Sunday, April 21, 2013

April 21, 2013

Spring continues to inch its way forward, however slowly.  There are only a very few small patches of ice left in the most shaded, low hollows around the lake, and tiny signs of spring can be found here and there, such as Red Maple blossoms, and the blueberry buds just opening.

Red Maple
Blueberry Buds
Still no signs of any wildflowers pushing their way up, but the animals are returning.  This pair of White Tail Deer came walking down the road one morning, calming nibbling on whatever new growth they could find along the way.

In the afternoon I saw bird of prey soaring over the lake, and grabbed a camera to see if I could get a picture.
Osprey over Lake Wicwas

I didn't even realize what I had captured until I blew the pictures up.  This is something you don't see every day:

An Osprey with a huge pickerel in its talons.  It flew well off looking for a place to feast in peace - or perhaps back to its nest.  Later in the afternoon when I was on a run, I flushed it - or one of its friends - out of a tree hanging over the lake.  It looks like we'll have osprey to watch again this summer!

On a walk up to Meredith Center we stopped to look at the ruins of the old mill on the river between Lake Wicwas and Lake Winnisquam.  Because all the leaves are off the trees, I saw something I hadn't noticed before - a large metal wheel near the river.  I'm pretty sure it is the turbine from a hydro-electric generator, probably put in place to power the mill once electricity replaced mechanical power.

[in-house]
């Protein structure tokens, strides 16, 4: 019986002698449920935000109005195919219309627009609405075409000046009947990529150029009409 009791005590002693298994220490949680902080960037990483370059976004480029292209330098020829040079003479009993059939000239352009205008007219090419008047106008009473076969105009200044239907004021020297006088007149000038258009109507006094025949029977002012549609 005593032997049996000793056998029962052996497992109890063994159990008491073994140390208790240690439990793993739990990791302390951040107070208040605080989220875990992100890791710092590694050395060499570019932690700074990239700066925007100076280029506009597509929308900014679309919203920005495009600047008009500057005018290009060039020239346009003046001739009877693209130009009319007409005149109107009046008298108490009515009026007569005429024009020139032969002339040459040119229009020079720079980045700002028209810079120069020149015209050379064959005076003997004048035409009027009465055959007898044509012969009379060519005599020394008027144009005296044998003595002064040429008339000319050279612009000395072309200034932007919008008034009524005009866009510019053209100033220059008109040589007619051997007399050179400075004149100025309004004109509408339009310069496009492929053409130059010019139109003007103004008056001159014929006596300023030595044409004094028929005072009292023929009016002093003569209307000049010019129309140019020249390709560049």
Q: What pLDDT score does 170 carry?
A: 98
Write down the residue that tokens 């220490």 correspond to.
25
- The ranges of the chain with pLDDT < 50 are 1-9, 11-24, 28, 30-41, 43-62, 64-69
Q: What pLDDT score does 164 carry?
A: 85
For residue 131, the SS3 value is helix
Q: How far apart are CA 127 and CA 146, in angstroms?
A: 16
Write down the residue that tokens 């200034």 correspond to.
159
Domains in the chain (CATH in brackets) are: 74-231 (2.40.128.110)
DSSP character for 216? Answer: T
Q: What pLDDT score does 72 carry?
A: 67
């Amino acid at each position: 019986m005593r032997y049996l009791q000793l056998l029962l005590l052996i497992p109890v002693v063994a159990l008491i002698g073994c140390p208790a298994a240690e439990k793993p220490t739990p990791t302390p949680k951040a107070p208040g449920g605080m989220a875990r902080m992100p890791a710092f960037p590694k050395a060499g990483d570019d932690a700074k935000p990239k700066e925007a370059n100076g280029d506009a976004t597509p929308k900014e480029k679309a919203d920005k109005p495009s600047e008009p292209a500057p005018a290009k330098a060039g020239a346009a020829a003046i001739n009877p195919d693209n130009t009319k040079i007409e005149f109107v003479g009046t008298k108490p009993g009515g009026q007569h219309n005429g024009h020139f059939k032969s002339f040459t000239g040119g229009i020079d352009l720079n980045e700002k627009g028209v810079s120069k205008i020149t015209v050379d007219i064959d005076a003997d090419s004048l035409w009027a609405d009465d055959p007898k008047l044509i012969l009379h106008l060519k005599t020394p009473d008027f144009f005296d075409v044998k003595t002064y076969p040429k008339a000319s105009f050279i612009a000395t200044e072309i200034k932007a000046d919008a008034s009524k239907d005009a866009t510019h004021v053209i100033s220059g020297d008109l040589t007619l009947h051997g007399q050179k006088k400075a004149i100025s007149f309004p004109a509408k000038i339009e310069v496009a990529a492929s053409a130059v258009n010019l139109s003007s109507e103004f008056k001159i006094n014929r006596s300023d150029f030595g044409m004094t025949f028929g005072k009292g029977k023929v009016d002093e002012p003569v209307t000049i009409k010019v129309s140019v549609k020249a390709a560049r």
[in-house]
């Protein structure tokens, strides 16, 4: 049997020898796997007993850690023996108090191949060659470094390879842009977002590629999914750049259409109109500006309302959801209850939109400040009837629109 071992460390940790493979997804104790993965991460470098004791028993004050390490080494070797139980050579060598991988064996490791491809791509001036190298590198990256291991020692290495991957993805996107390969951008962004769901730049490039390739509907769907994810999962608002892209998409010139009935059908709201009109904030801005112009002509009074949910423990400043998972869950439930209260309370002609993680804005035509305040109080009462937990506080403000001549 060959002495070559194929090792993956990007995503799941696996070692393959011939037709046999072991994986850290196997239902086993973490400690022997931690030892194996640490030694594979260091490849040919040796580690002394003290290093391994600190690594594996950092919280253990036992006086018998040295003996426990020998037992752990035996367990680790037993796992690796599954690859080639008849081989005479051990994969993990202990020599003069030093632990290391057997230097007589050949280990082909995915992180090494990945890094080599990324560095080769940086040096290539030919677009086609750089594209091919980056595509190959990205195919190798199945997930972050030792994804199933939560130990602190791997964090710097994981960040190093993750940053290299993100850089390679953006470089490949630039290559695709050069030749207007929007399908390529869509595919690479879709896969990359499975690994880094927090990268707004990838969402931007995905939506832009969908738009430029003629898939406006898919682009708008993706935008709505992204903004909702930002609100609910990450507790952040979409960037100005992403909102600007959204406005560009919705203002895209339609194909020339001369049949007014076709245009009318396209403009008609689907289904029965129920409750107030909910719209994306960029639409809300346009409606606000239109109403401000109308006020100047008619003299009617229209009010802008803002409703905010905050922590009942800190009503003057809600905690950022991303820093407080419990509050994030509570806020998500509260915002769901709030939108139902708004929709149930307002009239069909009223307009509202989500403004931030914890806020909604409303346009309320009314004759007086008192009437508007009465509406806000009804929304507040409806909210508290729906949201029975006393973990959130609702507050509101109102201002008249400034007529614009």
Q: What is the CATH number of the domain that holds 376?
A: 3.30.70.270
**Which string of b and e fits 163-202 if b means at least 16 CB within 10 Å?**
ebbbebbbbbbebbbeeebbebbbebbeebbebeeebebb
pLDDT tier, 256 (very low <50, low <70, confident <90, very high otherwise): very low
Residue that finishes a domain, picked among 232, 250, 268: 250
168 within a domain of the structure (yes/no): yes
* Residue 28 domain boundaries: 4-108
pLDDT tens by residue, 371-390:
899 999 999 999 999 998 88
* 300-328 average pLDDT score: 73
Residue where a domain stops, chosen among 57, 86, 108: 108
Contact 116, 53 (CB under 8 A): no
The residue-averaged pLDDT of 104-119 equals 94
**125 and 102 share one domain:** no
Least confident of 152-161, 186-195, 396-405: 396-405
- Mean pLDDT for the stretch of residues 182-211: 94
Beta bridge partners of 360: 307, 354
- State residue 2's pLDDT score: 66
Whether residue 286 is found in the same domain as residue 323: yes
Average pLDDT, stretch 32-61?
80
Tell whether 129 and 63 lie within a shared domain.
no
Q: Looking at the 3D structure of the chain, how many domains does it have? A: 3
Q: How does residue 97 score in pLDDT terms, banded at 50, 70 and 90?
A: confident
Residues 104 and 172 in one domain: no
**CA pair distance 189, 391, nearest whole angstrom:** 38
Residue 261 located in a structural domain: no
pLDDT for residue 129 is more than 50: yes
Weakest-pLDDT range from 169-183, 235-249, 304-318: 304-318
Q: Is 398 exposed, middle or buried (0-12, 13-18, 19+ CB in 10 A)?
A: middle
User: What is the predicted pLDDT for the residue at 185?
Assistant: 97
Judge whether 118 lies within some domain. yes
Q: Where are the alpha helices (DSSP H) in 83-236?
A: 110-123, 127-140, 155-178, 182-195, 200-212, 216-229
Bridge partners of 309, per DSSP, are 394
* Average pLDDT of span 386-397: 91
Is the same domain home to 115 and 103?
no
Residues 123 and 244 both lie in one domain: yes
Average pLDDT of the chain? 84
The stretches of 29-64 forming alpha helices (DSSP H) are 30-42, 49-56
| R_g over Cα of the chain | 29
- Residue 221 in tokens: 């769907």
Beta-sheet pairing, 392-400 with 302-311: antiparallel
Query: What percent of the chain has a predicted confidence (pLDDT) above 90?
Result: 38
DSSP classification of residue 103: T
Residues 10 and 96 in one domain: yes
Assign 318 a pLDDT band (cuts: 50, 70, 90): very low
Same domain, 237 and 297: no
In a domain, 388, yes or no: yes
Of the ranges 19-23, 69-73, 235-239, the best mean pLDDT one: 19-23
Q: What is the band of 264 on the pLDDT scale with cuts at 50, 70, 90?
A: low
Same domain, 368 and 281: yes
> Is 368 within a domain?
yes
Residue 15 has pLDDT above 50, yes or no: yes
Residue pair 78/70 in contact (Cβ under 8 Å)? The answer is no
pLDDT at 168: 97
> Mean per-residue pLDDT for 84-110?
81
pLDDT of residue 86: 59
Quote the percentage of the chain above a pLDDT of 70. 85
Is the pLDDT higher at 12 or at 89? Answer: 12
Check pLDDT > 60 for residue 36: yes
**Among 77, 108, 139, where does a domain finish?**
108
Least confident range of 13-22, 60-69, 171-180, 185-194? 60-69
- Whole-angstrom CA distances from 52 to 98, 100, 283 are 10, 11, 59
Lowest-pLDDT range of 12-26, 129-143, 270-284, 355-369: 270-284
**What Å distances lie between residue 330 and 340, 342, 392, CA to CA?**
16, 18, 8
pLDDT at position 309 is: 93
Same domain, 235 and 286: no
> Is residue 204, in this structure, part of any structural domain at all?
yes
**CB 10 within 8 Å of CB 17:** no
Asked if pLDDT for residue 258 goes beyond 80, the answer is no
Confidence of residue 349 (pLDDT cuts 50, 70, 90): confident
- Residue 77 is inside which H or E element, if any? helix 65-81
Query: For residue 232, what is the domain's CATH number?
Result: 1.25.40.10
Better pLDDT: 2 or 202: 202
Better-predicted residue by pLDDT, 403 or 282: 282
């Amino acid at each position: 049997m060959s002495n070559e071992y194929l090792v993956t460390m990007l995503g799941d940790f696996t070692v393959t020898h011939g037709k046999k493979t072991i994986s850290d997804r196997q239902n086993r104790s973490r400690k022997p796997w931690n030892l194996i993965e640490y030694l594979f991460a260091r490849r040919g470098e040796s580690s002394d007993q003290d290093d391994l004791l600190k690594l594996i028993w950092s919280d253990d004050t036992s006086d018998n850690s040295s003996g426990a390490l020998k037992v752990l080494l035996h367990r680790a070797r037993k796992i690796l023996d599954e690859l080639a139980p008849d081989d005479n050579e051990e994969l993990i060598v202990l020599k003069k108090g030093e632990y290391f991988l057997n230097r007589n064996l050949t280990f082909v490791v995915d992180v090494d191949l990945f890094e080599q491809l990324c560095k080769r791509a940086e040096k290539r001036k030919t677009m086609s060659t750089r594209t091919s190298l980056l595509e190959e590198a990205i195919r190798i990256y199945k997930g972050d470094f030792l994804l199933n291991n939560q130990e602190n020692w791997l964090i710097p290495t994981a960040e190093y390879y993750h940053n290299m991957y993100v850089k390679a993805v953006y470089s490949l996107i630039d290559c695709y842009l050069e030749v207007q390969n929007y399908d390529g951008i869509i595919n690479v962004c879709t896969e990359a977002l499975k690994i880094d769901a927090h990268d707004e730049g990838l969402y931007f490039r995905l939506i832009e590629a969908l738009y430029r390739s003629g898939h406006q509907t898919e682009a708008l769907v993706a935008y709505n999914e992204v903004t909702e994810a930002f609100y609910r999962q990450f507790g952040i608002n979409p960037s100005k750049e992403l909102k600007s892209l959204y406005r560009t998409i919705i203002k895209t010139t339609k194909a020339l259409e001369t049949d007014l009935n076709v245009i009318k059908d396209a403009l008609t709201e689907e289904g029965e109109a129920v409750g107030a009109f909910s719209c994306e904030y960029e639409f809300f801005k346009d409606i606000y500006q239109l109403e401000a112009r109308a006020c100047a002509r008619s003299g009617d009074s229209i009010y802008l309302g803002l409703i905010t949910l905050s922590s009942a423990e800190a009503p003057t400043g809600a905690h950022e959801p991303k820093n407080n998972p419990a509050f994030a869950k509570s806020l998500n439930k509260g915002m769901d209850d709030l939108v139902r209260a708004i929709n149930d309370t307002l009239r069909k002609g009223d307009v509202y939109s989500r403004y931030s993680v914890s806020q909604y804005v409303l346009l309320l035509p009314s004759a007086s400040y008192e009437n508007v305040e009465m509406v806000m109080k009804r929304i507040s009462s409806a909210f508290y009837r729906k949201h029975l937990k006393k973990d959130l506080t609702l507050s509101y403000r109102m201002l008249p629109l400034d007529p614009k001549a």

Hydro-Electric Turbine

From this side you can see the vanes where the water flowed down and through - the turbine would be mounted 90 degrees from its current resting position, turning a vertical shaft which drove the generator.  The water exited through the fins seen on the outside of the prior picture.

I can't figure out exactly how the river was diverted to flow down through the turbine, but I'm guessing it is sitting pretty much where it was used, so the water probably flowed through the stone channel and then reentered the river off to the left through the granite opening. 

My curiosity is now heightened about the history of this mill site.  The water of Lake Wicwas has served a lot of purposes over the years.   
Mill Site in Meredith Center

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